Providing sanctuary to doomed and injured gibbons is the fun part of Shirley McGreal's mission. Her main job is to make sure they don't need sanctuary. As founder and director of the International Primate Protection League, McGreal is waging war against the lucrative illegal trade in primates, an estimated $10 million-to $20 million-a-year business in which monkeys, gibbons and orangutans are poached from the wild for sale to roadside menageries and disreputable zoos. From IPPL's headquarters—a 10-acre ranch where she lives with her husband, John, a retired professor—she edits a newsletter for the group's 30,000 members and~ acts as a clearinghouse of information on primate issues worldwide. "Shirley speaks five languages and has a vast network of contacts," says John Grandy, vice president for wildlife at the Humane Society of the U.S. "She gets things done."
"The primate trade is practically like the slave trade," says McGreal, who nevertheless accepts primates' use in medical research. "We support captive breeding so that only one animal will be potentially lost, not the five or 10 that are killed in the wild."
McGreal expects her most significant strike against the illegal trade to come to fruition this December when the "Bangkok Six" trial gets under way in Miami. On Feb. 21, 1990, McGreal received an urgent phone call from a colleague informing her that six endangered baby orangutans in transit from Indonesia to Yugoslavia had been discovered by That customs officials at Bangkok's Don Muang airport. The animals, packed in small crates marked BIRDS, were said to be malnourished, dehydrated and near death.
McGreal immediately took charge. She arranged for an orangutan specialist, Diane Taylor-Snow, to fly from California to Bangkok to nurse the animals. Then, using IPPL contacts in Bangkok, she traced the shipment via a German smuggler operating in Southeast Asia to Matthew Block, a Miami-based primate importer. After three months of detective work, McGreal turned her evidence over to the U.S. Fish and Wildlife Service. On Feb. 20, 1992, Block, who denies the charges, was indicted for violating the Endangered Species Act and the Lacey Act, which protects illegally taken wildlife from international and interstate transportation.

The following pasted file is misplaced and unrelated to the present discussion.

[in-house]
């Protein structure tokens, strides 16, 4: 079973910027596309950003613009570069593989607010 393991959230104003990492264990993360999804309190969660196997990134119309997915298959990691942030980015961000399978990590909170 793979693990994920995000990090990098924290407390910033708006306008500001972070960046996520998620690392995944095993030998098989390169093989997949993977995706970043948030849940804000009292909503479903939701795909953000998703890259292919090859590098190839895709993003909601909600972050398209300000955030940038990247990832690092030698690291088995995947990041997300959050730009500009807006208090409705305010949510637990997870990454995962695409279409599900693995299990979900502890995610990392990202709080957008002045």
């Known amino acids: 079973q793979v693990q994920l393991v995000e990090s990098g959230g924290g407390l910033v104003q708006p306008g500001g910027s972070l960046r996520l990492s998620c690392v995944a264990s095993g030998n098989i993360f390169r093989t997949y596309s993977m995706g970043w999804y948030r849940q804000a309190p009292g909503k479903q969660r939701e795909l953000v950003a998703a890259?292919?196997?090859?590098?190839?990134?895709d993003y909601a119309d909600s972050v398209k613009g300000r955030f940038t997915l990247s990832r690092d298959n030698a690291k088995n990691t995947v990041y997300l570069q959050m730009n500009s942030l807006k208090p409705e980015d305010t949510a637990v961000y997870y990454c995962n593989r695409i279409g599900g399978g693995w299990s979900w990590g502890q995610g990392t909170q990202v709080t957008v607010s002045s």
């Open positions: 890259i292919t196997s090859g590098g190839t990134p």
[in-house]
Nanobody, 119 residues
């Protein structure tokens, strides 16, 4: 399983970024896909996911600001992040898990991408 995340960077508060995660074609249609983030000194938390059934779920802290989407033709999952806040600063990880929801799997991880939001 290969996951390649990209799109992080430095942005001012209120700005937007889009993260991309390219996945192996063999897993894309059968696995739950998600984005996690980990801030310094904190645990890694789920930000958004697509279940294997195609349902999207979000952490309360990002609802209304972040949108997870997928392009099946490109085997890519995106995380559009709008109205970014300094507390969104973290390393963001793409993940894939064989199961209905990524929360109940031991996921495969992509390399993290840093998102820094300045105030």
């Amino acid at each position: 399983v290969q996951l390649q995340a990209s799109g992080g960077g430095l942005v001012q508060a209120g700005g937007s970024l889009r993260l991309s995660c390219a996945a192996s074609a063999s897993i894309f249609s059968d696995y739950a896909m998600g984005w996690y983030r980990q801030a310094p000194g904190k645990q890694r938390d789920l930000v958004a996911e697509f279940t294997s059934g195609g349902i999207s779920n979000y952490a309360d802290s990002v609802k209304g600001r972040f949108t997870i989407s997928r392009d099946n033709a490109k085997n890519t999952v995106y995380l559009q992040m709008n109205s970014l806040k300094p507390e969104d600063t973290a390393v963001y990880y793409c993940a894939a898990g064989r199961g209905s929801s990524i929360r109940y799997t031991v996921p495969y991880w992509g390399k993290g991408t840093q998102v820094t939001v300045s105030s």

Growing up in Cheshire, England, the daughter of a banker and a home-maker, McGreal became a professor of education. She never imagined herself as a crusader for anything until she and her husband—whom she met when both were students at the University of Illinois—were posted in 1971 to Thailand, where he was working for UNESCO as an engineering instructor. Shortly after their arrival, she went to the Bangkok airport to pick up her freight. "I saw all these tiny monkeys packed in crates waiting to be shipped out," she recalls. "I could see their little faces peering out, bewildered and frightened. I wanted to know how they got there."
Looking for a group that could provide some answers, McGreal discovered there was none. So she founded IPPL in 1973, eventually enlisting the support of primate specialists Jane Goodall and Dian Fossey. Over the next decade she persuaded the governments of Thailand, India and Bangladesh to ban exports of endangerod primates. (Sadly, Thailand remains a black-market center for endangered species.) McGreal hopes that the government will provide conclusive evidence against Matthew Block this December. "Smugglers are putting nails in the coffin of species that are ahead) threatened with extinction," says McGreal. "Primates pay with their lives for these people's cruelty. Someone has to stop them."
CINDY DAMPIER in Summerville
- Cindy Dampier.
AT THE END OF PRIMATE LANE, A PRIVATE DIRT ROAD ON THE outskirts of Summerville, S.C., sit 12 large mesh enclosures sheltered by bamboo groves and draped with grapevines. As Shirley McGreal approaches, 23 gibbons send up a welcoming clamor. "Hello, Bean, come give us a hug," she calls. As a gibbon lopes toward her, McGreal explains that he was blinded by encephalitis after being rejected by his mother. Then she greets Arun Rangsi, another gibbon, which was scheduled to be destroyed after his use in Army chemical-warfare experiments. "These animals are unwanted pets and refugees from labs," says McGreal. "Primates are genetically over 90 percent like humans."